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    The Japanese teahouse Brookline didn’t know it needed

    Gen Sou En is a Japanese-style teahouse in Brookline’s Coolidge Corner.
    Lane Turner/Globe Staff
    Gen Sou En is a Japanese-style teahouse in Brookline’s Coolidge Corner.

    Where to Gen Sou En, a Japanese-style teahouse in Brookline’s Coolidge Corner. Parent company Harada Tea Processing Co. is located in Japan, near Mt. Fuji, but some familiar local names are attached: Joe Cammarata (Hojoko) is the general manager, Sam Treadway (Backbar) is assistant GM, and Yozo Masuyama (Clear Flour) is head baker.

    What for A modernized teahouse experience in a lovely space, where baked goods and green tea are taken seriously.

    The scene A big, bright, open room with separate seating areas: a curved island with bar stools and outlets; woven pod chairs arrayed around a small garden of moss, rocks, and a tree reaching for the skylight; a tatami space with a pile of shoes beside it; a long table at the back where precocious children keep their mothers busy. Modern lanterns hang from a ceiling of light wood slats, and an island of wood shelves display tea. A long line snakes toward the door from the counter, where the denizens of Brookline order food and drink: an anime character wannabe in over-the-knee boots and a short skirt, a plummy-voiced white-haired gentleman who looks like he should be the host of an intellectual talk show, an Instagrammer wearing saddle shoes, women in Eileen Fisher and the men who love them.

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    What you’re eating Gen Sou En is open all day. In the morning, it serves Japanese breakfasts of rice, fish, miso soup, and pickles, as well as breakfast sandwiches, hand rolls, and avocado toast with soy sauce. For lunch and dinner, you’ll find more hand rolls, katsu sandwiches (featuring meat or vegetables that have been panko-crusted and fried), and teishoku: bento-box sets of rice, pickles, miso soup, and anything from vegetable tempura to Japanese-style fried chicken. There’s also soft serve in flavors like matcha-vanilla and coconut-yuzu. The baked goods are a highlight: tea-flavored cakes rolled with whipped cream, croissants, hojicha cookies, matcha cream puff, and more.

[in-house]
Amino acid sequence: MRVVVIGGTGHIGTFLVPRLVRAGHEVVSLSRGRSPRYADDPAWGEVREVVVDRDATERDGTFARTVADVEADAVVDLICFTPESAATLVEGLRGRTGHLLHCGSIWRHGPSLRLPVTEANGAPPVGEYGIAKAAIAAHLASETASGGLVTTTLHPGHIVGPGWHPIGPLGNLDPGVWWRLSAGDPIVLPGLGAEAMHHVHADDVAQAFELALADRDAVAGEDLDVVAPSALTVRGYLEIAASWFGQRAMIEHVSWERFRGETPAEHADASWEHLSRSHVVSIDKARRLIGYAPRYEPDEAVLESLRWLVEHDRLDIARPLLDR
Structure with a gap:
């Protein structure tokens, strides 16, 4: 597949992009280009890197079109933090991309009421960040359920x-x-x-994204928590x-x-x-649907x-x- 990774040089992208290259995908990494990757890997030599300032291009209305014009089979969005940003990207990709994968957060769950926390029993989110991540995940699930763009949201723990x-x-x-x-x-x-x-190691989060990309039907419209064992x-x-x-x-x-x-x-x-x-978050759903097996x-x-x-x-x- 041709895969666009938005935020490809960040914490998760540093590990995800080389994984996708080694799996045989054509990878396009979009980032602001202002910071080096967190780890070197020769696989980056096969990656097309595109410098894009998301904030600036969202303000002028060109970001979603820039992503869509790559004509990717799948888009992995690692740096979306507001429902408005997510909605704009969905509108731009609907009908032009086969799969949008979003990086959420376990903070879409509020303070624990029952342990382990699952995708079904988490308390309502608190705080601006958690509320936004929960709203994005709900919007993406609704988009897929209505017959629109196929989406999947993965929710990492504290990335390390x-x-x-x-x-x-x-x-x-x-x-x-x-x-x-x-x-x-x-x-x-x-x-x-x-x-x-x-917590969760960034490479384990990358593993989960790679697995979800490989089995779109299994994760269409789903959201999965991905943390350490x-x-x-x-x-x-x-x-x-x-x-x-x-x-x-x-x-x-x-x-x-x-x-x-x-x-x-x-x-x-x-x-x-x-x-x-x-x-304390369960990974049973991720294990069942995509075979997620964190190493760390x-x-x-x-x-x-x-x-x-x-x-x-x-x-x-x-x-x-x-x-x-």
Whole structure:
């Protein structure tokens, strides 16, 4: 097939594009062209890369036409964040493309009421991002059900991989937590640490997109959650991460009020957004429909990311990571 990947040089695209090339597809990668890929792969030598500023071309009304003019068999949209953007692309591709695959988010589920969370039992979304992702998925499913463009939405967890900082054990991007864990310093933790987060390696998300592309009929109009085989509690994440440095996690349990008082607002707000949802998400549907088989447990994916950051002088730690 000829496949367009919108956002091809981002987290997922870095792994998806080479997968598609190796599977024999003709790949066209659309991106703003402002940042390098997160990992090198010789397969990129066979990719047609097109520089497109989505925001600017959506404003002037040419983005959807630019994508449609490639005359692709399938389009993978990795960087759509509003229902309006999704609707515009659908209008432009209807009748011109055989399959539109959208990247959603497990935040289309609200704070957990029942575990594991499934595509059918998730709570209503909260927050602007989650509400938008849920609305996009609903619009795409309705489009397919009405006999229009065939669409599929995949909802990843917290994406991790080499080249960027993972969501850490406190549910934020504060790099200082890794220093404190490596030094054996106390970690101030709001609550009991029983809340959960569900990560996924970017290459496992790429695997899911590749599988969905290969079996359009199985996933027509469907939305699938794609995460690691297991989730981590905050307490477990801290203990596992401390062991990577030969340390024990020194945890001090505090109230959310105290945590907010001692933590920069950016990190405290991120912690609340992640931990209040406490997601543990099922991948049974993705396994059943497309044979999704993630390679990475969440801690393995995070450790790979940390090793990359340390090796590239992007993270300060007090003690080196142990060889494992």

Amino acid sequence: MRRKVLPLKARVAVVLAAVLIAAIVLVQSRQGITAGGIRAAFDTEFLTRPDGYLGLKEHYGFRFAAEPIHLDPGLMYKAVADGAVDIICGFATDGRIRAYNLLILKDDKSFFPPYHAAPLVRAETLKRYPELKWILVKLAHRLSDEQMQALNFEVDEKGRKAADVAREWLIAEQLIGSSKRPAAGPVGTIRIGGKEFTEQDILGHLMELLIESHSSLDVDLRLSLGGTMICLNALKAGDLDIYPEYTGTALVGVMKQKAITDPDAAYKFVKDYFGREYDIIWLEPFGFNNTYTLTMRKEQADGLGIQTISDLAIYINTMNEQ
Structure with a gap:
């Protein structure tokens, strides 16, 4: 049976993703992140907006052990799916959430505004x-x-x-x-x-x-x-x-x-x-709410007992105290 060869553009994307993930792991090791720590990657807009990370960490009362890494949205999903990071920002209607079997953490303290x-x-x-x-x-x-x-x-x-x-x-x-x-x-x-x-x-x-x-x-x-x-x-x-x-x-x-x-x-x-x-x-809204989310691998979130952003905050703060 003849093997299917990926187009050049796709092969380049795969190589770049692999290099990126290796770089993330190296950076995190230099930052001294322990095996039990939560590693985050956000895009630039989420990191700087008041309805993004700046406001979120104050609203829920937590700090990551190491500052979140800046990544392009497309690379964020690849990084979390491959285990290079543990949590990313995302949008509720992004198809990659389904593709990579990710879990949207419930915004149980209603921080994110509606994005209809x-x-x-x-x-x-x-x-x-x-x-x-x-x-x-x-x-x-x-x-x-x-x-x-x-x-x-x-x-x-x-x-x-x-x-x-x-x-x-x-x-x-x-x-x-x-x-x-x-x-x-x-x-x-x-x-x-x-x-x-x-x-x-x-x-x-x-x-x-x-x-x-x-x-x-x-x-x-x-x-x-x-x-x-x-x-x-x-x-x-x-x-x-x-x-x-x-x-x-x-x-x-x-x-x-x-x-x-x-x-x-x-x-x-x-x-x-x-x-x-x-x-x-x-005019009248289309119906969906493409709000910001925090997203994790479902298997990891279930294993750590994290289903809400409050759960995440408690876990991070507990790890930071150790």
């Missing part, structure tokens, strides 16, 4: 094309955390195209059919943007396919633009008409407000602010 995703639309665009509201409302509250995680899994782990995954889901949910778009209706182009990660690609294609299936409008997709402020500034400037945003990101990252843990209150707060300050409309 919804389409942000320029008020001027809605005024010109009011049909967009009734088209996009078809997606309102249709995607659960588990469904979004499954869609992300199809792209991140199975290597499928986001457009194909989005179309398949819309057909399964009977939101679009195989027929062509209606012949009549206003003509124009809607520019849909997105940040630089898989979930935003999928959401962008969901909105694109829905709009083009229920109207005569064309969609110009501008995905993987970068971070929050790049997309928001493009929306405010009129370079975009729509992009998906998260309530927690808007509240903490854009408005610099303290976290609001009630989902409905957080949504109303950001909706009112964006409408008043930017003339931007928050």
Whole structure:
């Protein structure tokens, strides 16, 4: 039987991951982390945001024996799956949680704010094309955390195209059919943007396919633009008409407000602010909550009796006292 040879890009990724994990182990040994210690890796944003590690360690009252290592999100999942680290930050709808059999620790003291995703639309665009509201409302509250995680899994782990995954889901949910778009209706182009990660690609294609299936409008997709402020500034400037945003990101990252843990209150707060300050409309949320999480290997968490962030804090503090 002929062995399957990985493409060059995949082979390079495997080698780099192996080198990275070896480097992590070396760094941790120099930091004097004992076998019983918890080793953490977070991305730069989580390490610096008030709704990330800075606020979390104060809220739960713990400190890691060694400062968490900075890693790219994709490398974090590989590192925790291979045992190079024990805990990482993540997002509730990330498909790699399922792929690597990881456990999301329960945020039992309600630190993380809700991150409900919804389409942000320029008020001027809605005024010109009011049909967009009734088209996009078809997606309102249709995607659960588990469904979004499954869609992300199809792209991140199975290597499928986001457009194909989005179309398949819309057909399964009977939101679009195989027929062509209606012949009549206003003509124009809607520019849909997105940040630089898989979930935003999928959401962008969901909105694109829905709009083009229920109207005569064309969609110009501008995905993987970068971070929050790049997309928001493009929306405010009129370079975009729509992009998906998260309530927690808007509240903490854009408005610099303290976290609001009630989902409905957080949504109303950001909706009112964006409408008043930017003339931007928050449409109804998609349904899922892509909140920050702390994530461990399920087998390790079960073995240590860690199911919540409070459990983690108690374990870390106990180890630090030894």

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    Care for a drink? Green tea comes in three blends: umami (mellow, smooth), kokumi (deep, complex), and shibumi (sharp, intense). There are also herbal teas, tea lattes, coffee drinks (miso latte, anyone?), and house-made sodas, plus sake, beer, and wine.

    Overheard Food-related enthusiasm, discussion of dinosaur species, tea curiosity. “Do you like the apatosaurus? You need to sit on your tushy,” a mother tells her toddler. At the counter, indecision reigns. “Oh, I want a hoji-cha roll cake! Ooh, I want a hoji-cha latte! They have omu raisu! Oh, there’s Japanese iced coffee! I want everything,” a woman tells her companion. “Why don’t you just try the whole menu?,” he says. “Oh, I would love to!” A new arrival looks around at the crowd: “This is the tea house Brookline didn’t know it needed!,” he exclaims.

    299 Harvard St., Coolidge Corner, Brookline, 617-505-6745, www.gensouenteahouse.com

    Taiyaki (fish shape at right), An Pan (bun at top left), Wagashi (center in front), Matcha Cream Puff (in center), and Matcha Roll Cake (at left).
    (Lane Turner/Globe Staff
    Taiyaki (fish shape at right), An Pan (bun at top left), Wagashi (center in front), Matcha Cream Puff (in center), and Matcha Roll Cake (at left).

    Teishoku (bento box with rice, pickles, today’s vegetable, miso soup).
    Lane Turner/Globe Staff
    Teishoku (bento box with rice, pickles, today’s vegetable, miso soup).

    Devra First can be reached at devra.first@globe.com. Follow her on Twitter @devrafirst.